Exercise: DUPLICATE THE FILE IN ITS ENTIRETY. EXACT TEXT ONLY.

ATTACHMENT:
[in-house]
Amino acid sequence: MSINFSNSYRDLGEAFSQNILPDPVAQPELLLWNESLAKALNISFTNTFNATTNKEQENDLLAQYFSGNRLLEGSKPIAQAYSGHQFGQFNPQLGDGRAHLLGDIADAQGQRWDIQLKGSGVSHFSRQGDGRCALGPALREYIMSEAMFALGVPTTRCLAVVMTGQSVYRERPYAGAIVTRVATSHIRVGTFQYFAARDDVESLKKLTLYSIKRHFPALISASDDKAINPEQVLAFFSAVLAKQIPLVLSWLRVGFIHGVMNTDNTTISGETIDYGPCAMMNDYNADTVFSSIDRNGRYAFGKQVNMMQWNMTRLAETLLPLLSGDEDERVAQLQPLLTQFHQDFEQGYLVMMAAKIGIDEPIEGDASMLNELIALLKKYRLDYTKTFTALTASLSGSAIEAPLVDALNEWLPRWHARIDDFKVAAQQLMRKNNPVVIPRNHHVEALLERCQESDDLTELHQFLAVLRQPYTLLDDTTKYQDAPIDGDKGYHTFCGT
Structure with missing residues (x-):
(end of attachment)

[in-house]
Amino acid sequence: MSINFSNSYRDLGEAFSQNILPDPVAQPELLLWNESLAKALNISFTNTFNATTNKEQENDLLAQYFSGNRLLEGSKPIAQAYSGHQFGQFNPQLGDGRAHLLGDIADAQGQRWDIQLKGSGVSHFSRQGDGRCALGPALREYIMSEAMFALGVPTTRCLAVVMTGQSVYRERPYAGAIVTRVATSHIRVGTFQYFAARDDVESLKKLTLYSIKRHFPALISASDDKAINPEQVLAFFSAVLAKQIPLVLSWLRVGFIHGVMNTDNTTISGETIDYGPCAMMNDYNADTVFSSIDRNGRYAFGKQVNMMQWNMTRLAETLLPLLSGDEDERVAQLQPLLTQFHQDFEQGYLVMMAAKIGIDEPIEGDASMLNELIALLKKYRLDYTKTFTALTASLSGSAIEAPLVDALNEWLPRWHARIDDFKVAAQQLMRKNNPVVIPRNHHVEALLERCQESDDLTELHQFLAVLRQPYTLLDDTTKYQDAPIDGDKGYHTFCGT
Structure with missing residues (x-):